Ageism refers to the discrimination of people based on age. Alongside stereotyping, it is embedded in the attitudes, assumptions and values of our communities. Older people are regularly treated differently, their decisions are questioned and their human rights are infringed. Assumptions are made about their likes and dislikes, their capacity to work, and their need for ‘protection’ and ‘care’, rather than respect given for individual choice. and needs. Being overprotective of people purely because of their age is stereotyping, ageist and has damaging consequences.
Unfortunately comments about the ‘burden of the ageing population’ and the ‘ageing tsunami’ are common. Statements like these and some of the language we use merely exacerbates ageism. For example, the term ‘vulnerable’ is used to describe older people. A very strong, independent older woman once asked why she was considered ‘vulnerable’. She took offence to the terminology, which indicated she required protection.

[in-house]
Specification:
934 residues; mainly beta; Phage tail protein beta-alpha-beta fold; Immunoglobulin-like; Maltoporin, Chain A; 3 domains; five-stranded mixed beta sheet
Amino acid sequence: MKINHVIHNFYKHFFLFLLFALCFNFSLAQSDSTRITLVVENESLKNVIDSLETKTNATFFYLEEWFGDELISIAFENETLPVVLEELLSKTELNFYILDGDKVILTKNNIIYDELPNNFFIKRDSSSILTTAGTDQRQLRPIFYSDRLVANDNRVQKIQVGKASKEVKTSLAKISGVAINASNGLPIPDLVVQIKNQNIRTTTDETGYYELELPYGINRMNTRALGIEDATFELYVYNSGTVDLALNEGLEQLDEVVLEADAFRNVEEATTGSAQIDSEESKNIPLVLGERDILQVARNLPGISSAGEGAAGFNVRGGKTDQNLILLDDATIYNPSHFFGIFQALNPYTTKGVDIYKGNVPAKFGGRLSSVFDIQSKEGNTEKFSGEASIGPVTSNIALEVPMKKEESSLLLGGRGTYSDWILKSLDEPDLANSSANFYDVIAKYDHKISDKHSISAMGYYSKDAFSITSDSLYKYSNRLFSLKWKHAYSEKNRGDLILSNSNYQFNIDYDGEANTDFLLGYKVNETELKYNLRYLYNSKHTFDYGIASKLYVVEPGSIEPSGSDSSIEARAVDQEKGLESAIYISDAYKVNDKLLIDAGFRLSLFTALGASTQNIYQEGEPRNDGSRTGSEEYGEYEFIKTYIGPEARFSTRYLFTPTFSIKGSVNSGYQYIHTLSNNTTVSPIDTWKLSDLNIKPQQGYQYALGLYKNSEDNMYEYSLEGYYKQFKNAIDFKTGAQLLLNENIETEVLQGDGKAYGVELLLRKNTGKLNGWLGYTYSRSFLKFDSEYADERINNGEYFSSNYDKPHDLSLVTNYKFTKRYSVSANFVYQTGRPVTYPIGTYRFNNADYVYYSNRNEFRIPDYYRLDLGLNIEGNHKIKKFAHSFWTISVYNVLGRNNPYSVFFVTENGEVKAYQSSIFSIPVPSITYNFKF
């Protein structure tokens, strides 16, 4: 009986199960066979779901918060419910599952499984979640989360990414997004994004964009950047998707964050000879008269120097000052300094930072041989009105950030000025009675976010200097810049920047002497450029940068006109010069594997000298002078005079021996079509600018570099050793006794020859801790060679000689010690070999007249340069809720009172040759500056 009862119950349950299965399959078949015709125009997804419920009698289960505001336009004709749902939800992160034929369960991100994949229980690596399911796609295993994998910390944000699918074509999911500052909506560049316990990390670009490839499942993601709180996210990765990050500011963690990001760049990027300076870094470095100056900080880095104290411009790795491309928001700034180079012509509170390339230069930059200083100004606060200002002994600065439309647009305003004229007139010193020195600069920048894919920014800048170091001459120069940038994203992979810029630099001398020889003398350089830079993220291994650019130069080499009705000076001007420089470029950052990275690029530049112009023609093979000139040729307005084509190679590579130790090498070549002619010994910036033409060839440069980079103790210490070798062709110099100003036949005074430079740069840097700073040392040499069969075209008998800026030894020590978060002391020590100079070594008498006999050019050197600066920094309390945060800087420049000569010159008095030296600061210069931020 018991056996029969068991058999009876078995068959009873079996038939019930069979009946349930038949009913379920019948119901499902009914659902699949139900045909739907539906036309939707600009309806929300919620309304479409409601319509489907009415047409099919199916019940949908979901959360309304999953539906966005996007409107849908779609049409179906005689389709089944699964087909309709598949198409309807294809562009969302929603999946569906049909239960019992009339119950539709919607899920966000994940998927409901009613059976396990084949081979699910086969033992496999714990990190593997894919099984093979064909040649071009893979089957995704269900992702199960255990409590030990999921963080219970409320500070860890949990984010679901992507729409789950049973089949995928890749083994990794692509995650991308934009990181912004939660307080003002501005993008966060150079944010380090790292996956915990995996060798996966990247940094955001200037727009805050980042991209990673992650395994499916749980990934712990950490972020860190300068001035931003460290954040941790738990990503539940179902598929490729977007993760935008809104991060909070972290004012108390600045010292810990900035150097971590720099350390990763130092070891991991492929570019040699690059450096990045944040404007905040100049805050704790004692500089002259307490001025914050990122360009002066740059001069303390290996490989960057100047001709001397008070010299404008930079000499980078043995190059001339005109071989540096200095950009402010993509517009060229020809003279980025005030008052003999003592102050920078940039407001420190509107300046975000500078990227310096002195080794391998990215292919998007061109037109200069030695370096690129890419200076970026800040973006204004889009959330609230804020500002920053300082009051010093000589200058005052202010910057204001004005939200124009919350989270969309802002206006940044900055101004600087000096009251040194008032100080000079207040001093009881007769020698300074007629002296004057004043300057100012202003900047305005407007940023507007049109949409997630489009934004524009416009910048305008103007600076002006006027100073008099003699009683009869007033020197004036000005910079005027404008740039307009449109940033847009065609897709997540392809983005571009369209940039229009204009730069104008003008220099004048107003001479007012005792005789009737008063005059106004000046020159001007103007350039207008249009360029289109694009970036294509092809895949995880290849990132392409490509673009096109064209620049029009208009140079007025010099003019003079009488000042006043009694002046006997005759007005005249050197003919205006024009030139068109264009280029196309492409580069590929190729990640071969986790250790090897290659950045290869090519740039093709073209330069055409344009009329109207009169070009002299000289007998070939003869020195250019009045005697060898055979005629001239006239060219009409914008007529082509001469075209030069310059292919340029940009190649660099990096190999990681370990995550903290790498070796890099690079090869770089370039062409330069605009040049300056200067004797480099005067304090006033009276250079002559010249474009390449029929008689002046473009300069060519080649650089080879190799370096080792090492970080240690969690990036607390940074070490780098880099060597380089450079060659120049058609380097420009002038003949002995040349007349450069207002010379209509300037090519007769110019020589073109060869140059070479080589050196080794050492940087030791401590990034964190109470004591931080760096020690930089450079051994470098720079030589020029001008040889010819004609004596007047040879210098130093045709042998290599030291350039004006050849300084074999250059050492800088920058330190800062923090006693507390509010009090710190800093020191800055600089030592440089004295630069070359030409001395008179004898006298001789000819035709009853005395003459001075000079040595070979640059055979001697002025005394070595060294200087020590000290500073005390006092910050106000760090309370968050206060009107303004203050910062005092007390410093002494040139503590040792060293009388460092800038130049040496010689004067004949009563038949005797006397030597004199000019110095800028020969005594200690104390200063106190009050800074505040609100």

It is often believed that after 65 your function (and value) deteriorates. We should not accept this. While eventual decline is inevitable, many people retain (and regain) a high degree of physical function, mental ability and quality of life well past so-called ‘retirement age’. The body is an amazing organ with abilities to regenerate and rehabilitate, if we do suffer a setback.
We need to build communities which are inclusive, where the infrastructure is accessible and appealing and where people of all ages can walk beside each other comfortably, feeling valued and connected. We need to look at our attitudes to ageing and older people. We need to think carefully about the language we use and the messages we send. David Hetherington said recently at an Ageing Symposium, “we need to consider ageing as a natural and lifelong process….not a cliff we fall off when society puts us out to pasture”.